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BCIS Reflection – April 2024 -  Waiting For Rate Cuts with Arms Wide Open

BCIS Reflection – April 2024 - Waiting For Rate Cuts with Arms Wide Open

May 15, 2024

April was a difficult month in the markets as risk was re-priced to reflect higher for longer rates; US Treasury yields increased while spreads (marginally) widened. Within financial assets, only emerging markets produced positive returns. We do not believe this is setting the stage for weaker near-term markets but was a healthy response to a change in the market’s interest rate and economic forecast. That said, there is plenty of risk to go around which does not appear to be baked in the cake, amongst which are geopolitical risk (two active conflicts and others percolating), global elections (64 elections globally covering 49% of the world population), divergent central banks (not all economies are created equal), and, should we forget to mention it, the inflationary impact of all of the above. In other words, the tails are getting fatter and the midpoint lower. Markets will welcome rate cuts with arms wide open, but we may be stuck in a higher for longer world.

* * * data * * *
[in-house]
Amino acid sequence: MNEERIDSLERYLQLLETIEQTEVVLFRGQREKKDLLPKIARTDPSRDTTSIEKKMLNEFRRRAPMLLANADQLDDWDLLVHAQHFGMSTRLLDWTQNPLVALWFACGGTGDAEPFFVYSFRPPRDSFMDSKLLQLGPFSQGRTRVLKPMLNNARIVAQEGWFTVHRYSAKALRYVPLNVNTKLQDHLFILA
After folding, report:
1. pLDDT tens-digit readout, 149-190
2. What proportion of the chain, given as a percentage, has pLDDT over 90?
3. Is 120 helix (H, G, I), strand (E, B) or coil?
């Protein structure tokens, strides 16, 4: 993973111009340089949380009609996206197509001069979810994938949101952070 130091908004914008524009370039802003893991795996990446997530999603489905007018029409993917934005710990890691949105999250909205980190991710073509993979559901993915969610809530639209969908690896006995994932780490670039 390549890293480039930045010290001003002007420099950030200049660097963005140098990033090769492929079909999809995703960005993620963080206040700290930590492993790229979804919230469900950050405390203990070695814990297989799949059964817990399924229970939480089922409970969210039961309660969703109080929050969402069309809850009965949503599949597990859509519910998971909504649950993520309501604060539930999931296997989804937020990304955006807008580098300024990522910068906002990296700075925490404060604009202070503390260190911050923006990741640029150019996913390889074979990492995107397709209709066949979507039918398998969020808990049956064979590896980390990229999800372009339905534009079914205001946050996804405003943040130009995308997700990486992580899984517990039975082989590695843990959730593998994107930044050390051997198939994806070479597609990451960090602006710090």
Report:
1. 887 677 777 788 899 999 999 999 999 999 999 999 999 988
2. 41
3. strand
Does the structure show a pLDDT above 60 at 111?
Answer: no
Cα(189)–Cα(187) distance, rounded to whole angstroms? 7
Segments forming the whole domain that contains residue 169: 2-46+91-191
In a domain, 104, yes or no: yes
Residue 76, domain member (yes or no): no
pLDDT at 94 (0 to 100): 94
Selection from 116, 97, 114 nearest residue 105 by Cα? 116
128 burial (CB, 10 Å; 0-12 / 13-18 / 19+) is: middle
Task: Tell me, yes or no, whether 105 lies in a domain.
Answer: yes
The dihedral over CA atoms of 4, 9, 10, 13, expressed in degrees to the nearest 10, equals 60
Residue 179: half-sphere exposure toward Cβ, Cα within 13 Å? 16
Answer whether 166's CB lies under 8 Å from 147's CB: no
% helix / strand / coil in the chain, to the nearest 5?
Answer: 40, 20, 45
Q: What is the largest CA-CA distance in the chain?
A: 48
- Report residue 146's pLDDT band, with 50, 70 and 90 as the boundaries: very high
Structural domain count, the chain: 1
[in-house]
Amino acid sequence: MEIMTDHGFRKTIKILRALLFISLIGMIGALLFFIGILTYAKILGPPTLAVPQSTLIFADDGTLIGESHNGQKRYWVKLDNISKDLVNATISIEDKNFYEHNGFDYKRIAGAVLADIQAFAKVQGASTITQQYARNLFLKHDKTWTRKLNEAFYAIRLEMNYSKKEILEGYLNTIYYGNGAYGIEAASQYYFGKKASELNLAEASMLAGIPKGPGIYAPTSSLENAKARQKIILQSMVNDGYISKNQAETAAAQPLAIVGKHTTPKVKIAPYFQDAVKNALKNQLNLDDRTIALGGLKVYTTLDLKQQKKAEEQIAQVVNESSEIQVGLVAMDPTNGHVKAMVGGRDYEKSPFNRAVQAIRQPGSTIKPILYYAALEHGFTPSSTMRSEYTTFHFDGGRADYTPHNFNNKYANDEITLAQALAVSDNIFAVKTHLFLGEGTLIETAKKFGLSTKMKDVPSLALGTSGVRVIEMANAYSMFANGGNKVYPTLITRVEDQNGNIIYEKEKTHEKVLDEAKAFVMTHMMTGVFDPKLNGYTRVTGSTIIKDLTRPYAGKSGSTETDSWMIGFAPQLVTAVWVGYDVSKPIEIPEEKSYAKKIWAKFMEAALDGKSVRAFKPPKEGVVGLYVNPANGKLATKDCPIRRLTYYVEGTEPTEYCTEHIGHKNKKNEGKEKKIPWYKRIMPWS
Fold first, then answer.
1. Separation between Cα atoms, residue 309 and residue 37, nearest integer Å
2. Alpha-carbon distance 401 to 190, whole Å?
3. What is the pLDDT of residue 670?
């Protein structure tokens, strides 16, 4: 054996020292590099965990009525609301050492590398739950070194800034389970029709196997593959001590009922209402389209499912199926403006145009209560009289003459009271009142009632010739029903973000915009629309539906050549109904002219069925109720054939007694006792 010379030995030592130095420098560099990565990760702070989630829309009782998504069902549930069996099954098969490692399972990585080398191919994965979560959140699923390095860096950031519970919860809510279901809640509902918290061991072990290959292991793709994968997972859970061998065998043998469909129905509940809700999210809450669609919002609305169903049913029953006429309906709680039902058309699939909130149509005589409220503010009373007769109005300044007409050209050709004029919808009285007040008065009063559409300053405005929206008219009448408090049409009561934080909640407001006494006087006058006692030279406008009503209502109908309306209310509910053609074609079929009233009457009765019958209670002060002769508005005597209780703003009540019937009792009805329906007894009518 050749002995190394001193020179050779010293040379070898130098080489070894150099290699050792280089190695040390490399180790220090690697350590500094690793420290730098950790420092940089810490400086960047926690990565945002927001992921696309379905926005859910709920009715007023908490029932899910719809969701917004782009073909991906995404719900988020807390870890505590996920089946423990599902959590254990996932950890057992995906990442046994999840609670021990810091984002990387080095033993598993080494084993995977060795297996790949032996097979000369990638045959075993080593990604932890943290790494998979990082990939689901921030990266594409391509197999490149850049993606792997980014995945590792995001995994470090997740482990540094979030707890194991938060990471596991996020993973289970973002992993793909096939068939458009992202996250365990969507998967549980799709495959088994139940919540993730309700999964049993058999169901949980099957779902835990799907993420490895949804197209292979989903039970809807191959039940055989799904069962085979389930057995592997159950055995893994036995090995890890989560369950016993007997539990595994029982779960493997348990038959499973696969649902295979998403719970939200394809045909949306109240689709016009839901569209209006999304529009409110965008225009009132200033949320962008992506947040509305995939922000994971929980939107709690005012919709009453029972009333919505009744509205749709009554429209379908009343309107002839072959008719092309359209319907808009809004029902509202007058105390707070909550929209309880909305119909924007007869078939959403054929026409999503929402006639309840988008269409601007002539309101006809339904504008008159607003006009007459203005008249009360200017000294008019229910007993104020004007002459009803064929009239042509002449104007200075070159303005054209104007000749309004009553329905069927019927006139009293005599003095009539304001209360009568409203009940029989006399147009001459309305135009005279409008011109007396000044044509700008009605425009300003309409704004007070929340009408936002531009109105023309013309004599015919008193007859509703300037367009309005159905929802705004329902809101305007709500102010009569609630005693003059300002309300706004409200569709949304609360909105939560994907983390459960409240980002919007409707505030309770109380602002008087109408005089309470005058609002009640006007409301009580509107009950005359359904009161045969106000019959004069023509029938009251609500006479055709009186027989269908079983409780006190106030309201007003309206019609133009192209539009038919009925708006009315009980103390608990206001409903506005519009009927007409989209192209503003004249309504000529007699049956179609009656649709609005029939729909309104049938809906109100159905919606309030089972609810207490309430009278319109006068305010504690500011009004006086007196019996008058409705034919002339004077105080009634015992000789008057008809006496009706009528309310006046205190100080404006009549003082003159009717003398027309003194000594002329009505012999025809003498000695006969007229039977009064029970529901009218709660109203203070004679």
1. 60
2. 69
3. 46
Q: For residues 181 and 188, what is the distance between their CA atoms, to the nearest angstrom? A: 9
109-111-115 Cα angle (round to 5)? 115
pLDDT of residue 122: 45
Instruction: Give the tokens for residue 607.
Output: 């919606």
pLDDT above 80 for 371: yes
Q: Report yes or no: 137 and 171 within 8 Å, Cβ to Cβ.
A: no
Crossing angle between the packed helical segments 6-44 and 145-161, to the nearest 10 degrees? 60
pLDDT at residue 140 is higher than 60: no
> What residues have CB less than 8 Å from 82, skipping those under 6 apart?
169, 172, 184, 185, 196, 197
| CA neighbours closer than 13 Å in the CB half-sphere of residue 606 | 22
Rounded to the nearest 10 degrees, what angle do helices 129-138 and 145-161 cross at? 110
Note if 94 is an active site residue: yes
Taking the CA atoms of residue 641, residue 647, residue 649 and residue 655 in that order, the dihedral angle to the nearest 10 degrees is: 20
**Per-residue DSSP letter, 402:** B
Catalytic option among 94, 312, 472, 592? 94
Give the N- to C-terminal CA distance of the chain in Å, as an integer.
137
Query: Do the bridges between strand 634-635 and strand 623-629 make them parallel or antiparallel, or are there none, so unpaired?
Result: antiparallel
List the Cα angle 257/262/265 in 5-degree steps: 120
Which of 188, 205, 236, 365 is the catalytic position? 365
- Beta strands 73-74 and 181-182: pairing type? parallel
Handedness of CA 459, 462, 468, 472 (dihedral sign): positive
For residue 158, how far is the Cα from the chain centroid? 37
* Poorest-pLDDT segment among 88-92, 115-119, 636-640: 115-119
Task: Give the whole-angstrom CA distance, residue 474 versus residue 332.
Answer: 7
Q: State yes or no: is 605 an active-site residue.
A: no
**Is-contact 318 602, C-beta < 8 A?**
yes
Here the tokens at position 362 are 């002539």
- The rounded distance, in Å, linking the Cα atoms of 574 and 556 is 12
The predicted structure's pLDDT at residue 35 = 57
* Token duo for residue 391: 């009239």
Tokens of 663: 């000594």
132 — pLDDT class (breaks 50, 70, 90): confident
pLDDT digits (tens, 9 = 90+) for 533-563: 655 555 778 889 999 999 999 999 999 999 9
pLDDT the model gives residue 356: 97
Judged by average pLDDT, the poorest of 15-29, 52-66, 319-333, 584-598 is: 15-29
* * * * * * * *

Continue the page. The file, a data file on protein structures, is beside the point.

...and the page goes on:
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The Long View

While the Fed has reminded us that current policy is restrictive, it is important to recognize that the effects of this “restrictive policy” have not necessarily worked their way into the market and this same policy will be (somewhat) dampened by the reduction in the amount of balance sheet runoff (less supply for the market to absorb). No, the easing of the tightening does not offset the high(er) Federal Funds rate but helps financial conditions.

Despite the increases in the Federal Funds rate, financial conditions as measured by the National Financial Conditions Index (NFCI) and shown below, remain relatively loose which should alleviate the need for an immediate rate cut by the Fed. A negative NFCI number indicates easier access to credit, lower borrowing costs, or a more risk-tolerant investment environment. As it takes approximately 12 months for rate hikes to flow through the system (after the “pause”), this would imply that financial conditions should begin to tighten. If, however, they do not – credit is still available and, changes to capital requirements aside, do not appear to be shifting to a more restrictive stance with the possible exception of commercial real estate – the impact of rate cuts will be a period of easy money yet again. This has been driving equities higher lately.

Despite the availability of credit and easy financial conditions, equities responded negatively during the month to the higher for longer rate outlook and repriced accordingly. The following asset class heatmap shows the returns to various asset classes starting with year-to-date on the left. Notable is the shift in asset class returns over the month of April. The more “rate sensitive classes such as real estate, small cap equities, and value equities underperformed, while emerging markets continued their three-month streak of outperformance.